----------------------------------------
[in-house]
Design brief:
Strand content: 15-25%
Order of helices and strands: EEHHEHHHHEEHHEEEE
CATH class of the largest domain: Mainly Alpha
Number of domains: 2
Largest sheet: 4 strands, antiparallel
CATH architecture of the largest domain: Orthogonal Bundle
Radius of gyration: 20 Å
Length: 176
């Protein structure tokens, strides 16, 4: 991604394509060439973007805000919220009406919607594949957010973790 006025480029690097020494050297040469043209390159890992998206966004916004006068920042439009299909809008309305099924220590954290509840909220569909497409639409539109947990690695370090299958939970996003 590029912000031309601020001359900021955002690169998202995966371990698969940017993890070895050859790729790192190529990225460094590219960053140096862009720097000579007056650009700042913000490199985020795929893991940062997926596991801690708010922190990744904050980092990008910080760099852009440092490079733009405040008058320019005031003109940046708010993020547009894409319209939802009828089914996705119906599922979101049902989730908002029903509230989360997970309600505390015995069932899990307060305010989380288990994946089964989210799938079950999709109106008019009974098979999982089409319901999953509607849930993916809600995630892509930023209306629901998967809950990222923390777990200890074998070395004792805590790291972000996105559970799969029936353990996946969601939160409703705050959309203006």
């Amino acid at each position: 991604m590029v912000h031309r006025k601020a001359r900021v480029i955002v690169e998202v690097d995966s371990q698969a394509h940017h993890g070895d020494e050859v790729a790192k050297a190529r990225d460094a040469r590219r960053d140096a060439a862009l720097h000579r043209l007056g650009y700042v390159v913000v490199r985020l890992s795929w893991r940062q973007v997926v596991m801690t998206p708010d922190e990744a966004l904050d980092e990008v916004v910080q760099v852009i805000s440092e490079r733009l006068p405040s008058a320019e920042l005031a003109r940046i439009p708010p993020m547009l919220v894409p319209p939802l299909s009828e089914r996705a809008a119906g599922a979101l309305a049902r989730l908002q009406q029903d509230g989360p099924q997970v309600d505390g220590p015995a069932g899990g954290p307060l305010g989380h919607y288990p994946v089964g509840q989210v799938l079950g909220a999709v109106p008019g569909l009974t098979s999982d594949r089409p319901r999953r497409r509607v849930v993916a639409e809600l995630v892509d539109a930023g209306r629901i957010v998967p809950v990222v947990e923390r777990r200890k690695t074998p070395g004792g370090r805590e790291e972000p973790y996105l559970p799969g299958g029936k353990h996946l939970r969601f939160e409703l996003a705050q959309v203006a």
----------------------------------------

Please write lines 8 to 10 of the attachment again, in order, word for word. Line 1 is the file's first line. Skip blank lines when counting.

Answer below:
CATH architecture of the largest domain: Orthogonal Bundle
Radius of gyration: 20 Å
Length: 176